DMV ‘Express Office’ can help remedy past mistakes
For those who are old enough to remember, the city, specifically City Hall, was once the site of the State Superior Court. Two courtrooms, now meeting rooms, were fitted out on the second floor and regular sessions were conducted.
That arrangement continued until the late 1980s, when Mayor Azelio “Sal” Guerra and the State of Connecticut became embroiled in a controversy over payment of rent. The state had an agreement to reimburse the city and had fallen into arears. Eventually, the court moved to the former Milford High School complex, where it continues to this day.
The loss of the court was considered to be one of the reasons the city’s downtown shopping district fell into hard times. The traffic and patrons generated by court helped retail businesses prosper. Once the court moved, traffic, both vehicular and pedestrian, fell dramatically.
The result was the closure of several retail outlets, some that had been landmarks in the city from pre-Depression days. Since then, politicians have talked the talk of reintroducing people to the downtown area with little result. The most recent attempt was and is the West Haven Arts Center, the former Masonic Temple on Center Street.
The Arts Center, first announced in 2009, has languished with little done in the last five or six years due to lack of funds. The project is not city funded. All revenues are to be generated through private donations. Currently, there are no estimates as to when the funding goals – and the construction deadlines – can be completed.
The office will handle renewals of some DMV documentation, and is expected to take the pressure off local DMV offices, which have had increased patronage since the Connecticut Motor Club AAA ceased its agreement with the department in 2016 in New Haven and Fairfield.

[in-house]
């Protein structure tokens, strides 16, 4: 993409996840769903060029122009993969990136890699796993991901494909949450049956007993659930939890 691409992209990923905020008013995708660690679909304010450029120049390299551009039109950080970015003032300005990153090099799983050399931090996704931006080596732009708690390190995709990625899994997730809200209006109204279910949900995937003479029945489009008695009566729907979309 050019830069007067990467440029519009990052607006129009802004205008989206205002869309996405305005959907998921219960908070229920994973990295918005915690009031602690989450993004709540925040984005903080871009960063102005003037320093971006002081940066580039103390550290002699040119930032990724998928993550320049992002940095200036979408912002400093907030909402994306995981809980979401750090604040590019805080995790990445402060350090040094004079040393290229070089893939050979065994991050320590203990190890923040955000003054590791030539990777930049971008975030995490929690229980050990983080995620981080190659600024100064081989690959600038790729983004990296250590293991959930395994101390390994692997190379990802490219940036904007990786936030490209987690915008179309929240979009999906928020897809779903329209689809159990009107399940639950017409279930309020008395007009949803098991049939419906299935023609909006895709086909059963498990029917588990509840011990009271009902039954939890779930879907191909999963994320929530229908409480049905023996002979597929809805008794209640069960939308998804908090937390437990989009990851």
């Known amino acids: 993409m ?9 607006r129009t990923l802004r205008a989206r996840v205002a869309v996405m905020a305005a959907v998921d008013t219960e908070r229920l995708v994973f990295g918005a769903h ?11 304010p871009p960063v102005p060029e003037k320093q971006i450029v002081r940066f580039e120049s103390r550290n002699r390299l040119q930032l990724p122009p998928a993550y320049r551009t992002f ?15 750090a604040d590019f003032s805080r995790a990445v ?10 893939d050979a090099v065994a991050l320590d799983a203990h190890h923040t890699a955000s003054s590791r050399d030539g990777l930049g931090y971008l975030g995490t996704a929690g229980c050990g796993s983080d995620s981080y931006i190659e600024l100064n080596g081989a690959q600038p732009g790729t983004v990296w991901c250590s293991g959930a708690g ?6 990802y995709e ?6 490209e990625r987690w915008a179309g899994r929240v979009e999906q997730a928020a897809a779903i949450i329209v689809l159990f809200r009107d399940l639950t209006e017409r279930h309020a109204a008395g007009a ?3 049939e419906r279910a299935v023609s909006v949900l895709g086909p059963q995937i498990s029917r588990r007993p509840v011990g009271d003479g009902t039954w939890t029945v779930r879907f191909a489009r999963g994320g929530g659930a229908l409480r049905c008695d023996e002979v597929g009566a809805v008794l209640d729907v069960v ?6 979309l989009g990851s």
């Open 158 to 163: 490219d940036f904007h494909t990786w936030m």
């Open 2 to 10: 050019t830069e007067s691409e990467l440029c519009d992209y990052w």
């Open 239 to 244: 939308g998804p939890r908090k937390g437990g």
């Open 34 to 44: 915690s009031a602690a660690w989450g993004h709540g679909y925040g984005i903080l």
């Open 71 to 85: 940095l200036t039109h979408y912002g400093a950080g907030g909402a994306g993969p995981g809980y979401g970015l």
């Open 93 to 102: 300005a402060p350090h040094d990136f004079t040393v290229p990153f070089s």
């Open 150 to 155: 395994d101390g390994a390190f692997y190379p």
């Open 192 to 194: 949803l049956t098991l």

While we don’t expect it to be a game-changer, last week’s opening of the Department of Motor Vehicles opened an “Express Office” in the basement of City Hall in conjunction with the West Haven Chamber of Commerce. This is can become a boost the downtown district needs.
Businesses need foot and vehicular traffic. People coming into the City Hall area will, we hope, utilize the businesses around the Green. More people, more commerce, more prosperity.
The West Haven Chamber, under Executive Director Alan Olenick – also an owner of this newspaper – has worked diligently to make this office a reality. This is one of the most proactive projects attempted by the Chamber in many years. Olenick is attempting to change the culture of the organization, giving it a high profile than it has had in several years.
Mayor Nancy Rossi and before her former Mayor Edward O’Brien are to be commended for seeing the benefits such an office will give to the city.
It is a small move, but it will be beneficial to an area of the city that has seen little in the way of positive development over the last two decades.
Pay attention or pay cash
City towing companies were kept quite busy over the last several months with the report that more than 400 vehicles were towed during snow emergencies, especially in the last several weeks. The problem has become so acute with illegally parked cars that city officials issued a reminder two weeks ago during the last Nor’easter.
While one can look at the situation as “the driver’s loss is the city’s gain,” when it comes to fines and towing fees, the problem is more serious than that. City officials issue snow reminders from about mid-October through the winter and into the early spring. This newspaper has printed the city’s snow emergency route directives more than a dozen times this season alone.
Motorists, particularly those who are in rentals it seems, have to be more aware and make themselves more aware of what is expected during a snow emergency. Seldom is a snowstorm something unexpected.
Cars parked along the route make it difficult for plows to clear the streets, and that makes it more dangerous for all of us.
We urge motorists, particularly those along the city’s snow emergency thoroughfares, to make the effort to learn when an emergency exists and give city crews the opportunity to make the streets safe for all.